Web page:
Armengaud, Jacques Eugène; Leblanc, César Nicolas   [Hrsg.]; Armengaud, Jacques Eugène   [Hrsg.]; Armengaud, Charles   [Hrsg.]
The engineer and machinist's drawing-book: a complete course of instruction for the practical engineer: comprising linear drawing - projections - eccentric curves - the various forms of gearing - reciprocating machinery - sketching and drawing from the machine - projection of shadows - tinting and colouring - and perspective. Illustrated by numerous engravings on wood and steel. Including select details, and complete machines. Forming a progressive series of lessons in drawing, and examples of approved construction — Glasgow, 1855

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Section, explains and illustrates the general principles of Perspective, and also of the method of
Isometric Projection, a mode of delineation offering the twofold advantage of perspective effect and the
measurement of dimensions and details by a scale.

In the selection of examples for illustration, care has been taken to choose them from machinery of
approved character, that the pupil may be initiated in the use of correct forms and designs, and that he
may understand the grounds on which such forms are necessary, either with respect to the circumstances
under which they are applied, or to the materials of which they are made.

This publication is based on the celebrated work of M. Le Blanc, but several useful features and
much additional matter have been incorporated from the work of the MM. Armengaud, whilst numerous
points have been suggested by the personal knowledge and experience of the Editor. The Engineer and
Machinist’s Drawing-Book is not, therefore, to be regarded as a servile translation of the excellent
French works above named, but as a selection of all that is valuable in them, connected and wrought
into a unity, and supplemented, so far as was needful or desirable, by the Editor.

The present age is characterized not more by the rapid advance of science, in all its relations to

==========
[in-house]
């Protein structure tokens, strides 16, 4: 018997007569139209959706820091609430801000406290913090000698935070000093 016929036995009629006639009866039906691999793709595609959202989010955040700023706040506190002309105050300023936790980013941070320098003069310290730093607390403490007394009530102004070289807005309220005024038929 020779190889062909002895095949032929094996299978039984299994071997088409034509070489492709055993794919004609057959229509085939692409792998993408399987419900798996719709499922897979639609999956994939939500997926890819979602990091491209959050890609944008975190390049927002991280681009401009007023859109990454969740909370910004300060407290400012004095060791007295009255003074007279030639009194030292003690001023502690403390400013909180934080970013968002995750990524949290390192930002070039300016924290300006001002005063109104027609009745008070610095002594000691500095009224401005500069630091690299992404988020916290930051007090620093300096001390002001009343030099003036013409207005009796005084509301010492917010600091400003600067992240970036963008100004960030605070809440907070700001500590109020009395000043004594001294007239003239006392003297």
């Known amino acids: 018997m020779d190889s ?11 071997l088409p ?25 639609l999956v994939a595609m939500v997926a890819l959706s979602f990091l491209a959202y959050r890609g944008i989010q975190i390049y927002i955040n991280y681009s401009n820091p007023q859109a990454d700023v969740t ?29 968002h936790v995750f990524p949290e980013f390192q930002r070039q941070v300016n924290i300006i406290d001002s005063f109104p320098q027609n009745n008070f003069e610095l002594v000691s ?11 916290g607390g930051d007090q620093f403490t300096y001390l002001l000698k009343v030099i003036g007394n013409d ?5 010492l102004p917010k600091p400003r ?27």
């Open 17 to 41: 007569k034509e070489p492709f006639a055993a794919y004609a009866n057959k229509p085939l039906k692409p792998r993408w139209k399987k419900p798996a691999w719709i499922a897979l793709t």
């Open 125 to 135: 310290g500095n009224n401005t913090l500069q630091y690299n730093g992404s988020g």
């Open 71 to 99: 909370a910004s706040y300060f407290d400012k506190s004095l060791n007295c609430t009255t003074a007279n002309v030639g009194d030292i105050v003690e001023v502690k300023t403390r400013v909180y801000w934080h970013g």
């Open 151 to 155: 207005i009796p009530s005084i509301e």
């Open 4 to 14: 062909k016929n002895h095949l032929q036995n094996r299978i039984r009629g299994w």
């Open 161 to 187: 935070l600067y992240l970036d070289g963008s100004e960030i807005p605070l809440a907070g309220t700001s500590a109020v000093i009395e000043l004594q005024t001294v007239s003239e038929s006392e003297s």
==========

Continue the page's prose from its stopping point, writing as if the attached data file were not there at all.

motive power, than by the diffusion of a general intelligence throughout the ranks of engineering opera-
tives, from the stoker upwards. A laudable inquisitiveness pervades the Workshop; and even the
apprentice of six months’ standing is eager in his inquiries as to the why and wherefore of what he
is called upon to execute. At one time it was sufficient for the individual workman to labour,
according to use and wont, at the little bit of detail assigned him, “ and there an end; ’’ but now he
regards his job, in relation to the unity of which it is a part, as a feature of more or less importance in a
perfect machine, and therefore requiring a nicety of adaptation to the general design. In no place more
than in the Workshop is it felt that “ knowledge is power;’’ and this power works most potently and
harmoniously when a diffused intelligence—different in degree but identical in aim—pervades its entire
host of busy workers. To aid in the progression of intellect and knowledge is the intention of the present
Work. The Publishers have every hope that it will fulfil the purposes for which it is designed, and that
it will be accepted in the Workshop as a faithful and satisfactory exponent of elementary principles and
operations, a knowledge of which is essential to the mechanical Draughtsman.

Glasgow, 1855.
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